2. I don't think most people mind if a business allows smoking. I don't. I just don't want to have to sit in the middle of a cloud of it while I'm eating. When I smoked, I went outside to do it even if the restaurant allowed it. I think that Montgomery's ordinance requires that a restaurant that allows both has to have separate rooms with separate ventilation systems. Bars and places like that are a bit of a different story.I think your point that these ordinances usually work out well for everyone involved is a good one. Good post, Robert!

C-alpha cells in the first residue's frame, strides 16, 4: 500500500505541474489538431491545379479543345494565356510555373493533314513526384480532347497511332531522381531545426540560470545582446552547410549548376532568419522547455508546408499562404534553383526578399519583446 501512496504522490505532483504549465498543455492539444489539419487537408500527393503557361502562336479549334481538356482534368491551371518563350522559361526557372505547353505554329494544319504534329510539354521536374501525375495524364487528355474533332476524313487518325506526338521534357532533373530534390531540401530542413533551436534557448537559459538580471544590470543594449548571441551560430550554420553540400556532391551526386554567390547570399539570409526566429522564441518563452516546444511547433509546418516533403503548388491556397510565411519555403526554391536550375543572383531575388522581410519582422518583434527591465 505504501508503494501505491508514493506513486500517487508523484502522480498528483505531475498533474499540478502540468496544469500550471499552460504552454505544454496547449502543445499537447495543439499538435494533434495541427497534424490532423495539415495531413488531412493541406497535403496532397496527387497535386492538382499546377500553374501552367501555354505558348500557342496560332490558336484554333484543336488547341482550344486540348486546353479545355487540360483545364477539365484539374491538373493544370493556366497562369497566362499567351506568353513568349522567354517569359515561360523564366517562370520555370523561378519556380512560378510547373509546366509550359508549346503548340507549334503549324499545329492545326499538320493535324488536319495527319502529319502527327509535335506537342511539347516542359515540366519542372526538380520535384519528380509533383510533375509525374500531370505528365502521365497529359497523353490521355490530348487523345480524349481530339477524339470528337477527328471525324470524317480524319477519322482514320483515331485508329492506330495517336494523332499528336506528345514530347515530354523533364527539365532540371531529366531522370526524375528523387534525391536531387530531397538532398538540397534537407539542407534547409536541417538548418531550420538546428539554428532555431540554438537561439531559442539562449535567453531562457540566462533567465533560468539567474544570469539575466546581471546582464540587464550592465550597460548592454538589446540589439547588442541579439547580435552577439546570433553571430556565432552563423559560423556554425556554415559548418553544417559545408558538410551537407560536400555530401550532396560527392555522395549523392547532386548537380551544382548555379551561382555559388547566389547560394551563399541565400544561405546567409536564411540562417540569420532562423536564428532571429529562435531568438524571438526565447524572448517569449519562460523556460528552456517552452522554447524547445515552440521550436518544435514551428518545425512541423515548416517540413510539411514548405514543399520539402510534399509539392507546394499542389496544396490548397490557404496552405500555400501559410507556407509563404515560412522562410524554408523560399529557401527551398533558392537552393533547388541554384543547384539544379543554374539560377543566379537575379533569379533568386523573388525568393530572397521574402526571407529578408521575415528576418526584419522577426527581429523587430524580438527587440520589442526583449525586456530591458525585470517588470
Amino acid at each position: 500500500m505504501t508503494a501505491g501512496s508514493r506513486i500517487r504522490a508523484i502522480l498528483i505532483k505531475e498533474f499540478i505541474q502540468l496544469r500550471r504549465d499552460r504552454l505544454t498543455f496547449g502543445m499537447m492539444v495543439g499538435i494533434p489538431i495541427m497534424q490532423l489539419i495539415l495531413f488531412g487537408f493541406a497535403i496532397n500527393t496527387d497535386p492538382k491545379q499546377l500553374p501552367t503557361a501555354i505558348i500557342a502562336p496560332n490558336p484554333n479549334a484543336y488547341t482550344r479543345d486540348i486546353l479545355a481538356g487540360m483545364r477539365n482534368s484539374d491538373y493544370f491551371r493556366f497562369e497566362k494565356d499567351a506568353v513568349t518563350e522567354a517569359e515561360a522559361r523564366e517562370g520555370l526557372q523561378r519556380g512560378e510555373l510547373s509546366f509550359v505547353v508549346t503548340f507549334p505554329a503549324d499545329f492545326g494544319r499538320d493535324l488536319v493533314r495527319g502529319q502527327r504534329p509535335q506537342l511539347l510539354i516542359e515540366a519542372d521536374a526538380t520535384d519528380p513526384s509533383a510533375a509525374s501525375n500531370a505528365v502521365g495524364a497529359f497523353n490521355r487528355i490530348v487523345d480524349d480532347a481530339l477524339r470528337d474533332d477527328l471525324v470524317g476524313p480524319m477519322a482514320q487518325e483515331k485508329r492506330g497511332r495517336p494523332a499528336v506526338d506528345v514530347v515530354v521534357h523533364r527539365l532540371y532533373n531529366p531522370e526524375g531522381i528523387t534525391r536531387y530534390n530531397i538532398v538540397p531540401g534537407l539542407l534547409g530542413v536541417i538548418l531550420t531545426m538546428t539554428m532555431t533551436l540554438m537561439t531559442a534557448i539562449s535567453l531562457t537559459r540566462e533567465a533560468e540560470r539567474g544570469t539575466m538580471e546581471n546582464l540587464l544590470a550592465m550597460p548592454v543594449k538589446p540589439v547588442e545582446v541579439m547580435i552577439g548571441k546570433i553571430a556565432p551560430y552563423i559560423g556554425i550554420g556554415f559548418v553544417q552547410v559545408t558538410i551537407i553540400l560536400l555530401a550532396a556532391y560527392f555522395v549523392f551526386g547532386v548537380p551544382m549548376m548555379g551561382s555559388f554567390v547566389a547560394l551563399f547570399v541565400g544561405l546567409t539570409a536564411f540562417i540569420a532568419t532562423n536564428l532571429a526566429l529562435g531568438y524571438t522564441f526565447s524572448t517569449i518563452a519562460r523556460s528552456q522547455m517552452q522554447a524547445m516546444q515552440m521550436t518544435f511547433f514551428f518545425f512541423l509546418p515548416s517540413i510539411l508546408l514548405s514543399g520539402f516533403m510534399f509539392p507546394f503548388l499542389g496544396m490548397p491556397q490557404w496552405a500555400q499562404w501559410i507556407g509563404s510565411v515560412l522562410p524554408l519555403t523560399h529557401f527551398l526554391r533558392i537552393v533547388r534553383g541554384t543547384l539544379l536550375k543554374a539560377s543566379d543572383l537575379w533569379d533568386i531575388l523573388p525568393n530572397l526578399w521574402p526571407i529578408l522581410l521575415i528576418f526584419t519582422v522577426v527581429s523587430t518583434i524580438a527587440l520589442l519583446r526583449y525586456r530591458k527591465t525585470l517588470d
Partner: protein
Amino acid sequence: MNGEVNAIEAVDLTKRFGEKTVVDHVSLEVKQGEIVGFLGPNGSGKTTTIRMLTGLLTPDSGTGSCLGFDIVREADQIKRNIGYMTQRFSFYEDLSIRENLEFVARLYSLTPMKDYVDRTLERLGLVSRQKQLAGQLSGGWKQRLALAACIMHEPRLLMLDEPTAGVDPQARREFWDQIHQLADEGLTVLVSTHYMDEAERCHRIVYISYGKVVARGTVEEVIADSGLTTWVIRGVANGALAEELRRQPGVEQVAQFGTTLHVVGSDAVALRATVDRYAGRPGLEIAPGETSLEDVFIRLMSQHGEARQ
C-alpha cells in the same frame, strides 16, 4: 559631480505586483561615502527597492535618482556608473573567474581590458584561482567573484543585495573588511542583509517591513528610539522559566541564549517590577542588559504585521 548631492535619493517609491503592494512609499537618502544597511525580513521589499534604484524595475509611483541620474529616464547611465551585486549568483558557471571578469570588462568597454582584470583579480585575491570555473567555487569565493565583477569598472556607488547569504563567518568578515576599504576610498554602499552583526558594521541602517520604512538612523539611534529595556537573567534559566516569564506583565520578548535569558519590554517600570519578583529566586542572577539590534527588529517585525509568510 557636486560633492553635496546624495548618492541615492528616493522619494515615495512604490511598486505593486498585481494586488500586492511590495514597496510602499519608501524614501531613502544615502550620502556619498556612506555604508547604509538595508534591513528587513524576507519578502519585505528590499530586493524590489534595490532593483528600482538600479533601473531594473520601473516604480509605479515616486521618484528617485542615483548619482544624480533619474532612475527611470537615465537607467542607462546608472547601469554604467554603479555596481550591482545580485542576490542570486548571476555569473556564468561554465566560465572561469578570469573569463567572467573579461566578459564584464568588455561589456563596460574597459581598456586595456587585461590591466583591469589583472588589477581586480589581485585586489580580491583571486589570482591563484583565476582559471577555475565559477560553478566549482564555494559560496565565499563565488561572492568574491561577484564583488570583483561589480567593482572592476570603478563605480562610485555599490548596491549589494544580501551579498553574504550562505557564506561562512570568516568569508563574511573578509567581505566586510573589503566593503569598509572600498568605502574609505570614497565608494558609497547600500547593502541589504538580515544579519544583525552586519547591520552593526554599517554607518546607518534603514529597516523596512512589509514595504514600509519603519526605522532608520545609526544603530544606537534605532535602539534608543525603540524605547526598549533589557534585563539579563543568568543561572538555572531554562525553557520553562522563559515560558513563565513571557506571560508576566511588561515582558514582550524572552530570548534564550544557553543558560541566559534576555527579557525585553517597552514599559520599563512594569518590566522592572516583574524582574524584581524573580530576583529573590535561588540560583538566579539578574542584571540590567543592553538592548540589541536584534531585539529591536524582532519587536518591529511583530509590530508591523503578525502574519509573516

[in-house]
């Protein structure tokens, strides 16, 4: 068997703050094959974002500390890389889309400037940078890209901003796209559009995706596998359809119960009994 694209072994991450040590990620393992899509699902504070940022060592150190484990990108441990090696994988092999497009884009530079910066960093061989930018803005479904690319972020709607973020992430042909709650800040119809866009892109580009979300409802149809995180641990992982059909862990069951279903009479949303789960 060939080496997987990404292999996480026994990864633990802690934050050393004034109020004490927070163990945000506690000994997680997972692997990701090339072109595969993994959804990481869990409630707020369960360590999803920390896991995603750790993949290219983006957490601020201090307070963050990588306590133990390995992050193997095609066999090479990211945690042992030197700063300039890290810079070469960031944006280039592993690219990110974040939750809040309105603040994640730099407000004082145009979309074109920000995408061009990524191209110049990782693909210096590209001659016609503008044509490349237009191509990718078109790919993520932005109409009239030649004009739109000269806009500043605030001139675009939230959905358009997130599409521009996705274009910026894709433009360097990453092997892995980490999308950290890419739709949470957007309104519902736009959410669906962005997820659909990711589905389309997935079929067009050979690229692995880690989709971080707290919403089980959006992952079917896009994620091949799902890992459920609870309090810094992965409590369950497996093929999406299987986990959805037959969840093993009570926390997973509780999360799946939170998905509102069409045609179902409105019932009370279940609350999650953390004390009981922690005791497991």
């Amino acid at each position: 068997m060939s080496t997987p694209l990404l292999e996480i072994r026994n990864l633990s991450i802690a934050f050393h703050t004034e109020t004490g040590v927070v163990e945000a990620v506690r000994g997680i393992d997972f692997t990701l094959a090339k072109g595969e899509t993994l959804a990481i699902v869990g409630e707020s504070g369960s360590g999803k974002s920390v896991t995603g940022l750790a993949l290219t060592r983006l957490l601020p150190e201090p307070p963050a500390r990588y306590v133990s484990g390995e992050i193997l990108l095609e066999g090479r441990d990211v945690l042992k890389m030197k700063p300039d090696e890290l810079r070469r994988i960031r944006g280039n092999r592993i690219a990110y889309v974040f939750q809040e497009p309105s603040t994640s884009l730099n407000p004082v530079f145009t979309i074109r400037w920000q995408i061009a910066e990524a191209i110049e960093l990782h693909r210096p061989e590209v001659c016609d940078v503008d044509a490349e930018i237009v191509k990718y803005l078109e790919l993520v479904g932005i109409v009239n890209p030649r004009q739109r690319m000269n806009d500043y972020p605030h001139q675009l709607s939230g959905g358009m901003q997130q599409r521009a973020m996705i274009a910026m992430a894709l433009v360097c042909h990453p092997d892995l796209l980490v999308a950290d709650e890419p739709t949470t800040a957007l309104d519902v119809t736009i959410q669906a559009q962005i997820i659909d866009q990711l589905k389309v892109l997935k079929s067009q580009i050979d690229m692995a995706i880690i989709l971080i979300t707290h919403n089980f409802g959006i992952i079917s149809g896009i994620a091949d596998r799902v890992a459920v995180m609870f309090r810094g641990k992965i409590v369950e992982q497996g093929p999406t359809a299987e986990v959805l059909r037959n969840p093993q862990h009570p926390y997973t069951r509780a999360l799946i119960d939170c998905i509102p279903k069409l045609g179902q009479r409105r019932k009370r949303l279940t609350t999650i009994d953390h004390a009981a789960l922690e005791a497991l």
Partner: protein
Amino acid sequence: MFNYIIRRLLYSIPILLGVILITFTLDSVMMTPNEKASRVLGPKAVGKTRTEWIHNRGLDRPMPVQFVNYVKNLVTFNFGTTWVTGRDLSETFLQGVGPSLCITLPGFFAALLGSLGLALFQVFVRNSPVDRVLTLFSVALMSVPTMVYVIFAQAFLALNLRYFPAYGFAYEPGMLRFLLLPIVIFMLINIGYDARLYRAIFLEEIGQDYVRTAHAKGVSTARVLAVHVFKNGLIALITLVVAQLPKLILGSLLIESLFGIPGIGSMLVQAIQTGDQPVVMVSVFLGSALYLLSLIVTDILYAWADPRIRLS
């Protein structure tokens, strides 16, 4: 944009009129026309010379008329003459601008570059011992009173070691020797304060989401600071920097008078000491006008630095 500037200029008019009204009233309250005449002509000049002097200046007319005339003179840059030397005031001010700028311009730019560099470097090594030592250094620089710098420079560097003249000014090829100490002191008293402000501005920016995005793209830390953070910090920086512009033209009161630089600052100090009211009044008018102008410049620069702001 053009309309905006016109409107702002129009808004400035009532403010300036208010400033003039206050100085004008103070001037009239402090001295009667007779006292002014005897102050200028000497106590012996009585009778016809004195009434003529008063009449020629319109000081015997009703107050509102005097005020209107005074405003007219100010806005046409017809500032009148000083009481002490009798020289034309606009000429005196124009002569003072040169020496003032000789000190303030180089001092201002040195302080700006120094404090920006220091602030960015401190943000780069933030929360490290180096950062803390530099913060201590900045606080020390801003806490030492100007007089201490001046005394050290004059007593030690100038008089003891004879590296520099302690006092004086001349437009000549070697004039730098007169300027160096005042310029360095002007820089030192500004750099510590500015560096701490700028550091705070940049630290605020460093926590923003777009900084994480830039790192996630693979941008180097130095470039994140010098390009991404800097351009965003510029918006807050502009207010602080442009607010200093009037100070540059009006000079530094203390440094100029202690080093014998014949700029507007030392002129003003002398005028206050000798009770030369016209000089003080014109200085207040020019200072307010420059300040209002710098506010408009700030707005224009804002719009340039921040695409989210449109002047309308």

3. Ok. Well I think we all know what place you are talking about. And I agree with your issue. I do not go anywhere for dinner that allows smoking. I don't want to eat it. I recently ran into the owner of that establishment and he told me the reason he was going to make it smoking was that he felt like business would pick up if he did so. I'm not in that business anymore so I can't say that's a terrible decision, but it sure seems like it to me. Wetumpka is a small town and we are very family oriented. The majority of my social activities revolve around my children and that is true for most of the people I know. I get the distinct impression that that place is intended to be a bar, not necessarily a family friendly environment. Which I honestly think is a mistake. I ate there once. I thought the food was good. I got a dozen oysters for $6.00 and one of my kids ate for free. The service was great as well. Its a shame because now I know I can't take them back.As far as it being more of a "grown-up" place to go, I don't know that allowing smoking would have much benefit if it WERE just a bar. If I want to see live music, I go to places that allow smoking OUTSIDE so that I don't have to leave there with that disgusting "bar film" of smoke and other people's body odor all over me. Saying "come to our place and when you get home you will have to leave your clothes on the porch" isn't really a selling point to me. But maybe thats just me.